So how do you prevent moose from eating young trees? There’s no easy answer.

In 2007, Parks Canada built a closed-in fence (known as an exclosure) on North Mountain to see if the forest would regenerate if it was protected from moose browsing. Although it’s only been eight years since the exclosure was built, the forest is regenerating well. The contrast between the forest outside and inside the fenced-in area is very apparent and is further evidence that moose browsing is preventing the forest from regenerating on its own.

That’s why, in 2015, Parks Canada built a second, much larger exclosure on the Skyline trail as part of the Bring Back the Boreal pilot project, to test a variety of tree planting techniques. This area will be closely monitored to provide insight that could be used for similar areas elsewhere in the park.

On North Mountain, where we know there is good, natural regeneration potential, we will be studying forest growth after the removal of moose from a 20 km2 area (2% of the park). This will help determine if a lower population of moose will allow the forest to naturally regenerate.


Reducing the Number of Moose

The current moose population trend in Cape Breton Highlands National Park (CBHNP) is unsustainable and is negatively impacting the forest ecosystem. It’s clear that the moose population in CBHNP has been at a high level since the late 1990s. A moose population survey conducted in March 2015 estimated the density of moose in CBHNP to be four times the amount a healthy balanced forest can typically support. After more than 15 years of scientific study, we know that our boreal forest cannot sustain this population.

One of the techniques being tested to find the most effective approach to restoring the forest is to build exclosures; fenced-in areas that prevent moose from browsing young trees.

A second restoration technique being tested is the removal of moose from an area on North Mountain to reduce over browsing and allow natural regeneration to occur. It’s important to note that reducing the population of a species is not a new approach, and is reserved for situations of absolute necessity. It has been successfully implemented in other national parks in Canada.

In December 2015, a moose population reduction trial was held within a 20 km2 area of North Mountain. Parks Canada partnered with the Mi’kmaq of Nova Scotia through the Unama’ki Institute of Natural Resources to conduct this moose harvest, as both share a common interest in restoring the health of the boreal forest for future generations. Consistent with Mi’kmaq treaty rights to hunt, fish, Parks Canada has an agreement with the Mi’kmaq that provides first opportunity to the Mi’kmaq of Nova Scotia to remove overabundant wildlife in national parks in the province.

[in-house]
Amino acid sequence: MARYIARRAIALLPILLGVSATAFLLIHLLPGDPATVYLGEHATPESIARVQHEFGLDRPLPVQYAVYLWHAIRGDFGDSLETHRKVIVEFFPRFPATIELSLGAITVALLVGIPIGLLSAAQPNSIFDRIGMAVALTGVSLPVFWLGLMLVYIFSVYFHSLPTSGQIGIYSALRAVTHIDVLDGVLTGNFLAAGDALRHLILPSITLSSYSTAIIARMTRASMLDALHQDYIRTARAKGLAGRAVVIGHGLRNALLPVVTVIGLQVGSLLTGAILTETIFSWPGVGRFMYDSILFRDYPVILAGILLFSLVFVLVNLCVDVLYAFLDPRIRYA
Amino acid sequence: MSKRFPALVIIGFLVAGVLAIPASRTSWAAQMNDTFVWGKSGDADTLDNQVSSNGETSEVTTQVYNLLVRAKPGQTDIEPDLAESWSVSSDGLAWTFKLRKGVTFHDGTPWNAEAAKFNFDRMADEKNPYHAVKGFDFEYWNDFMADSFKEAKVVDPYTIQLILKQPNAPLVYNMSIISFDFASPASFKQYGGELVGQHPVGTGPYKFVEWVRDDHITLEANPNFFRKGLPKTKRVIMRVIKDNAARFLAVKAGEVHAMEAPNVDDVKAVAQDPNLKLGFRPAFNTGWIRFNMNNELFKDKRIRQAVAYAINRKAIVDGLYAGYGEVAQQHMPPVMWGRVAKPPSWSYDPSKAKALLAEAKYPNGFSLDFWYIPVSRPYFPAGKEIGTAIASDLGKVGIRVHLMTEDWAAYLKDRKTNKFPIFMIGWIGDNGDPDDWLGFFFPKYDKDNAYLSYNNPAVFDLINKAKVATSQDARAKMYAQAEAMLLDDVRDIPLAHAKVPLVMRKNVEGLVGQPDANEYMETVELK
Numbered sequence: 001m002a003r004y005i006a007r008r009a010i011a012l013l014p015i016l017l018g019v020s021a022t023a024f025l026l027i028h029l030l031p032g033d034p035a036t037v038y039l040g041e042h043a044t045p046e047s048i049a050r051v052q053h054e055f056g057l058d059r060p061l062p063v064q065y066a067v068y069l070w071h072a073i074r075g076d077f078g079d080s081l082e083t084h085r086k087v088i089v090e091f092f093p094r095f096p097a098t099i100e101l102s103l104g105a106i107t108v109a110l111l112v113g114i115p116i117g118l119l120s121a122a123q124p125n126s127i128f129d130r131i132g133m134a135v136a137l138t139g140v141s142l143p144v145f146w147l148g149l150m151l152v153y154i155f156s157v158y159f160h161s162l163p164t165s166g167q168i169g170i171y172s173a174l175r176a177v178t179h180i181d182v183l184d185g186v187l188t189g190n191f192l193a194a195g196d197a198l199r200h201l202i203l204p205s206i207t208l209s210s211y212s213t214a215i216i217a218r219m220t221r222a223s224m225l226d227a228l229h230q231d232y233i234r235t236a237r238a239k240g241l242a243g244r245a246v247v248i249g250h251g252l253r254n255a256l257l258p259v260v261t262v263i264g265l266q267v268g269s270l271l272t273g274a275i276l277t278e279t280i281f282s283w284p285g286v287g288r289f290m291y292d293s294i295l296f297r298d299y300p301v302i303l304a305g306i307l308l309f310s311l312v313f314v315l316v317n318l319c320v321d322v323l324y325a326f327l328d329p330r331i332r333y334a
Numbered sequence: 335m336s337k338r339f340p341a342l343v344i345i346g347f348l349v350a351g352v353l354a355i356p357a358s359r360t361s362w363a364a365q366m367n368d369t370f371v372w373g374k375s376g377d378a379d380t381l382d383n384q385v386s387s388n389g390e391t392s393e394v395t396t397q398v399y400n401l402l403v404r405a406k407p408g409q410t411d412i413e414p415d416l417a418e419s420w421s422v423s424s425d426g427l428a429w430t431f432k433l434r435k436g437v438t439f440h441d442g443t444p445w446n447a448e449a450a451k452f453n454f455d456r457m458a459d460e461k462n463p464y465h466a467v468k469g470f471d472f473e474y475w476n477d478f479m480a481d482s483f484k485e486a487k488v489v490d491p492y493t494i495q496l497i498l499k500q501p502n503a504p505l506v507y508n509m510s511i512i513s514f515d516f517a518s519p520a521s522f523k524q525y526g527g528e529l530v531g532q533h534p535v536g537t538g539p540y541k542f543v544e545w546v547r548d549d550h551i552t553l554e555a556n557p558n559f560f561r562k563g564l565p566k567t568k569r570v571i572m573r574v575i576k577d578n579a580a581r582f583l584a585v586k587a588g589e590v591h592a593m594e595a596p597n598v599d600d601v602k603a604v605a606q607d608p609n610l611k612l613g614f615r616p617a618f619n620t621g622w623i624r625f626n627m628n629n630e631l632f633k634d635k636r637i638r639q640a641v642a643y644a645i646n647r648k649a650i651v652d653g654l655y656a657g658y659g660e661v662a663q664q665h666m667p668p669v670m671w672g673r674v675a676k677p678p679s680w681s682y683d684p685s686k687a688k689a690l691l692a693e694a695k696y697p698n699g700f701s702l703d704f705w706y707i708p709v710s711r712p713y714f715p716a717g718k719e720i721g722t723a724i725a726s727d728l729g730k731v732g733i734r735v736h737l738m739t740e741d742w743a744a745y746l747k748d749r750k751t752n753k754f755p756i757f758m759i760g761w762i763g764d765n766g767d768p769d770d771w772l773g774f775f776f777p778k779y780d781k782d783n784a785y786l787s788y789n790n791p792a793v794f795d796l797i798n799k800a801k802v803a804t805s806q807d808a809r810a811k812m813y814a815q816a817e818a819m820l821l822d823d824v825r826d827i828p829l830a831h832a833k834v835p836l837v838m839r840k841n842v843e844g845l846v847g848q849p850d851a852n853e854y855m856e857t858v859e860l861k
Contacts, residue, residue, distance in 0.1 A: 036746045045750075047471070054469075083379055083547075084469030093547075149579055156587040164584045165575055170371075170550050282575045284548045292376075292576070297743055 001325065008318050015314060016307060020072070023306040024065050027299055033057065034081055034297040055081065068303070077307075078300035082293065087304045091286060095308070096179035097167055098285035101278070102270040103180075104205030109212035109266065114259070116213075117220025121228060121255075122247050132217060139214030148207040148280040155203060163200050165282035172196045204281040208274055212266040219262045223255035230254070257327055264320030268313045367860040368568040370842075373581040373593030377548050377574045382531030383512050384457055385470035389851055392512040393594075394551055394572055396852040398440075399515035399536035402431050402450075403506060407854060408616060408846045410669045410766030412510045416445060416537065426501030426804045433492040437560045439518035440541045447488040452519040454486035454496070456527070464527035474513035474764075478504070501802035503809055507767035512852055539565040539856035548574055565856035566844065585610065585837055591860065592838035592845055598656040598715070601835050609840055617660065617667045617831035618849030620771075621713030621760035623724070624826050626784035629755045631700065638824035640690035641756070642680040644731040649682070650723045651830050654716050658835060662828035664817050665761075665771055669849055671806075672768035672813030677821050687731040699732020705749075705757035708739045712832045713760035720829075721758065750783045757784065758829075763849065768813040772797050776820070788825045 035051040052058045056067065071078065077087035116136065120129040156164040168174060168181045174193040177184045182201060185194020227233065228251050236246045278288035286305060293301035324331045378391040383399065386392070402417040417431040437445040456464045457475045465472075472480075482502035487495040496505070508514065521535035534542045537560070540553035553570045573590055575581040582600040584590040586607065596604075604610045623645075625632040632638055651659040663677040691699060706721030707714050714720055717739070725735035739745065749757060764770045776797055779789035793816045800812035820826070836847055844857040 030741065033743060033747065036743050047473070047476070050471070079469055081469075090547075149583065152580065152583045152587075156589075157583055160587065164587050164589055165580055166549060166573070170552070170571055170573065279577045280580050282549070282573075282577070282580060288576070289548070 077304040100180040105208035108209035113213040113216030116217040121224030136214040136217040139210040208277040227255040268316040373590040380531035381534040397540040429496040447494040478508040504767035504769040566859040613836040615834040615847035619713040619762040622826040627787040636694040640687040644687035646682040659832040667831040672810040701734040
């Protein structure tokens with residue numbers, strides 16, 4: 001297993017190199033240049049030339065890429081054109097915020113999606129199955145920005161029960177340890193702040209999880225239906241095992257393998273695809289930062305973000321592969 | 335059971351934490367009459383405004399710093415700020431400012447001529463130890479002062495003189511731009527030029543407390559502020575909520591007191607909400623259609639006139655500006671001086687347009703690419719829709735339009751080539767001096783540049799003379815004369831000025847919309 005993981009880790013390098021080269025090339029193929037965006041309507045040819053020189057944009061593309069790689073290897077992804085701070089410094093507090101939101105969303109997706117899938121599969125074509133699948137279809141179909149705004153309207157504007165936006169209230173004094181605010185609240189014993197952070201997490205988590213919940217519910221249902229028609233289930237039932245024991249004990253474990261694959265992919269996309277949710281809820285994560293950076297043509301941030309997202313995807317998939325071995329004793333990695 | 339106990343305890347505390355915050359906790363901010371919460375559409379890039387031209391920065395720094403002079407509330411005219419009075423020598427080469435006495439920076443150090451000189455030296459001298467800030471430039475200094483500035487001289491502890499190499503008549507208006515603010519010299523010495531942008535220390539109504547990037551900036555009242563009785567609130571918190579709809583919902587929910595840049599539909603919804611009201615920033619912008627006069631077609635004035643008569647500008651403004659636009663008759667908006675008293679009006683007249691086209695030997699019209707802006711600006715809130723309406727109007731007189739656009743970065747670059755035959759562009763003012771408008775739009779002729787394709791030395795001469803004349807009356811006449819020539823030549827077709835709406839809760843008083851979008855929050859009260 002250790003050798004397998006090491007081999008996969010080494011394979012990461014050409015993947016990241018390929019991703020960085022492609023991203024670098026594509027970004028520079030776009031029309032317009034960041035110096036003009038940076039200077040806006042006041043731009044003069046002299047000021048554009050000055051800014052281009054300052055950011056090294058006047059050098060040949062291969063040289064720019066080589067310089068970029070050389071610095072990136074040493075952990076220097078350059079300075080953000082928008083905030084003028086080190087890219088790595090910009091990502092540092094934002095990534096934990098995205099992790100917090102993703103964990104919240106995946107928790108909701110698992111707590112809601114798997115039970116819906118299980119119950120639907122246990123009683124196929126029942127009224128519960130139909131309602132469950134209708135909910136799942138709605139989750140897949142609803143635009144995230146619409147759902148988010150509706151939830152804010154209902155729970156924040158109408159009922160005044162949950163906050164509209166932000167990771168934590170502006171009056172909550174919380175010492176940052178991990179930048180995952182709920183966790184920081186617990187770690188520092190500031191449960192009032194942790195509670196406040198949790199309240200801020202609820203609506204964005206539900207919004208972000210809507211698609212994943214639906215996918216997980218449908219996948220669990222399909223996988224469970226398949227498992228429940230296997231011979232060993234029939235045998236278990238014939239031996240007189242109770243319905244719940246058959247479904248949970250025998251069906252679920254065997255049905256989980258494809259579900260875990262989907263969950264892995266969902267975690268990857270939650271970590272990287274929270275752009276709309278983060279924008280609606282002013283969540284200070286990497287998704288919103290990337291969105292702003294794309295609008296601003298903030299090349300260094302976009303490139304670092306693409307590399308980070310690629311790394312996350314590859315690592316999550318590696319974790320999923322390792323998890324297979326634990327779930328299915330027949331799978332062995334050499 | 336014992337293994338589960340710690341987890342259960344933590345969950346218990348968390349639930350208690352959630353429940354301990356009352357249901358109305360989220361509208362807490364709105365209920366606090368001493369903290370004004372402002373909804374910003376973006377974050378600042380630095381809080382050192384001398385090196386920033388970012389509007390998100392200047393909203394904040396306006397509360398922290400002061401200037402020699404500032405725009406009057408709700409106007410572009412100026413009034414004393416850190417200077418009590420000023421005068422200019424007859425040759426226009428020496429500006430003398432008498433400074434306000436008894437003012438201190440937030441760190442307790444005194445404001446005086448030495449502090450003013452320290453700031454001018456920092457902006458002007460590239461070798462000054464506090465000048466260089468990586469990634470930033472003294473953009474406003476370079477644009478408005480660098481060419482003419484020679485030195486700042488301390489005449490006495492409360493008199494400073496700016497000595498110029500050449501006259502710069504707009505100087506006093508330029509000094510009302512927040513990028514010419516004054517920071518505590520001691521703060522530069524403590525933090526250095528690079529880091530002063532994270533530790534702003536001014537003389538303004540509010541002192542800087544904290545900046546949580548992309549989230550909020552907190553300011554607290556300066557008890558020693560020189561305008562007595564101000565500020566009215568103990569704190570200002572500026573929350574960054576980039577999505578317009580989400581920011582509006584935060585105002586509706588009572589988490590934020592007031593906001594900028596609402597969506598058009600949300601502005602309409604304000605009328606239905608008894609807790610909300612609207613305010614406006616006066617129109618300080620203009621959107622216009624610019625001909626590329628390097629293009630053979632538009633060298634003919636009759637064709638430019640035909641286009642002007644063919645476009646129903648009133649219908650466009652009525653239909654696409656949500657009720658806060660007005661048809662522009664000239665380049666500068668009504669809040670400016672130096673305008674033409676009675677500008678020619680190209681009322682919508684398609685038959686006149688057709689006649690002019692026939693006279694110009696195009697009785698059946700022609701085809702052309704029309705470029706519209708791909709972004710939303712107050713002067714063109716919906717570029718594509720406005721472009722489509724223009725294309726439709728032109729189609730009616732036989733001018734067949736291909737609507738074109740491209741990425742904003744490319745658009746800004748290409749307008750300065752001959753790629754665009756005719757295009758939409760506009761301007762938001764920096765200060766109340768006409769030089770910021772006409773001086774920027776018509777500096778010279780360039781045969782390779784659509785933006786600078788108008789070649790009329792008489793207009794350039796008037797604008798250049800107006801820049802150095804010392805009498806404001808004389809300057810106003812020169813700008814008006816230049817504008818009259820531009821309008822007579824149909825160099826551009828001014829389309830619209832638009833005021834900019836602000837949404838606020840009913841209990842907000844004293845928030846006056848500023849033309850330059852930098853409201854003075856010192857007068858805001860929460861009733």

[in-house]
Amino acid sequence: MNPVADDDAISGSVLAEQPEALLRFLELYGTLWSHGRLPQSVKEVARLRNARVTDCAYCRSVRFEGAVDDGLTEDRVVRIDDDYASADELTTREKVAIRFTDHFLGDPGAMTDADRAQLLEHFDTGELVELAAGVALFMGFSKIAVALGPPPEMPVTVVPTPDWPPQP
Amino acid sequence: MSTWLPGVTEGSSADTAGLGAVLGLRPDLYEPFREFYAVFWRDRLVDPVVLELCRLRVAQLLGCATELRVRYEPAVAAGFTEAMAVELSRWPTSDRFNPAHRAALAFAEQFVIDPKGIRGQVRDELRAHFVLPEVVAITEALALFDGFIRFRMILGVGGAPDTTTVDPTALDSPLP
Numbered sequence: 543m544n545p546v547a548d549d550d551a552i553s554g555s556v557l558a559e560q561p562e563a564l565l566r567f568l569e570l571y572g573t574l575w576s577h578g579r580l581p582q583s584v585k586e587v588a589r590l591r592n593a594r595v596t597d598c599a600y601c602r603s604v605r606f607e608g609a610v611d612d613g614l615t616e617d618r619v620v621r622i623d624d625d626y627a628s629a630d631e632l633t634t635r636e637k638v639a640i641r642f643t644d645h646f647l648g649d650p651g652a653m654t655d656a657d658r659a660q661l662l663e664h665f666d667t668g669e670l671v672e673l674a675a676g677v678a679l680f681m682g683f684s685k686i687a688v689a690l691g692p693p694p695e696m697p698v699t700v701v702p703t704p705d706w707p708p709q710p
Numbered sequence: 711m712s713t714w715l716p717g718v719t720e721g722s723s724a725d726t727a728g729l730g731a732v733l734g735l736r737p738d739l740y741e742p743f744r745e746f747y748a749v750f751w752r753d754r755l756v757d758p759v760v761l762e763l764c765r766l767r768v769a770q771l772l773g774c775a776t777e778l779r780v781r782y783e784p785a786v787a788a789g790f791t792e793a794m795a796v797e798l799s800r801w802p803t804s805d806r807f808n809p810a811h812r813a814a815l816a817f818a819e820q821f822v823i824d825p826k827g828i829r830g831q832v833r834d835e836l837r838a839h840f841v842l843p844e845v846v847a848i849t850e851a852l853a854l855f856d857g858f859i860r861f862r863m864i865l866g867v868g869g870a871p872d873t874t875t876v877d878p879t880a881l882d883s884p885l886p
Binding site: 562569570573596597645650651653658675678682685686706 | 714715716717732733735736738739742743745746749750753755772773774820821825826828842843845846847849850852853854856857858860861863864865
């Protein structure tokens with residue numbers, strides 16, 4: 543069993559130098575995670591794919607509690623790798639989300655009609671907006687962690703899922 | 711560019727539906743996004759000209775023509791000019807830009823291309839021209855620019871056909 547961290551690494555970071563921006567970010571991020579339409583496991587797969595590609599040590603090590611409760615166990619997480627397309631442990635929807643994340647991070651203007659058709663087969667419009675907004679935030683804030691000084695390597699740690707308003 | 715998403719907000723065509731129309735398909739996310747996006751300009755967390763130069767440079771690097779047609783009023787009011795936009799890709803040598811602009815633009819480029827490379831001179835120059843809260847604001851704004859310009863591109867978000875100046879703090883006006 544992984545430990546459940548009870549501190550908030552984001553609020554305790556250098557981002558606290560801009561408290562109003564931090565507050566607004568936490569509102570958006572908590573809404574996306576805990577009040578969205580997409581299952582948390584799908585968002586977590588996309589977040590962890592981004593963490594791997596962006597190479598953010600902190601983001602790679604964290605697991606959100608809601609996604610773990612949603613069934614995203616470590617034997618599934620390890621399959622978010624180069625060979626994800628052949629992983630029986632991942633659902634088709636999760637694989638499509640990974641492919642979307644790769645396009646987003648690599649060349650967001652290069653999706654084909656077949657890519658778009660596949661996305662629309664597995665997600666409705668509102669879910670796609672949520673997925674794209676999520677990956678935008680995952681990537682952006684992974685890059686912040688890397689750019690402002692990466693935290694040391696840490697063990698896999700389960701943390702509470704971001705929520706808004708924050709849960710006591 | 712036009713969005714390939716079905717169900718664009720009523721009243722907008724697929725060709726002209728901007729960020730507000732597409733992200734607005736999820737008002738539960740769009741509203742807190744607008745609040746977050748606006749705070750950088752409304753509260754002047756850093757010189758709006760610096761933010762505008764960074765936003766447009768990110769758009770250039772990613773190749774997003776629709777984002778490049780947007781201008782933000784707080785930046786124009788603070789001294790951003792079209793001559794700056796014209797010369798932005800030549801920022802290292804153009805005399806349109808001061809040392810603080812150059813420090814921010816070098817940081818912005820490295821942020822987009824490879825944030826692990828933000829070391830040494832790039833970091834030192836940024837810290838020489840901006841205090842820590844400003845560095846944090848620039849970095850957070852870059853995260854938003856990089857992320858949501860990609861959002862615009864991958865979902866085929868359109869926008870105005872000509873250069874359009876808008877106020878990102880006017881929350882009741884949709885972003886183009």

This Mi’kmaq-led harvest resulted in the removal of 37 moose over a two-week period. The harvest was performed in a humane and respectful manner, and all moose were removed by harvesters and distributed to Mi’kmaq and other Nova Scotia communities as food and materials for traditional crafts such as drums. Aerial surveys of the area four days later showed the core area was depleted but the fringes and surrounding areas still had lots of moose.

Following moose population reduction measures, we will continue to monitor the moose population as well as other species in the park in these areas to confirm an improvement in the health of the boreal forest.

We will also be monitoring the forest on nearby French Mountain, where no moose will be removed. Comparing results between the harvested North Mountain study area and the French Mountain control area will help inform Parks Canada’s on-going efforts to restore the health of the boreal forest.

Parks Canada will continue to work with local communities and hunters to share information and explore ways to involve local communities and interest groups in future moose management plans.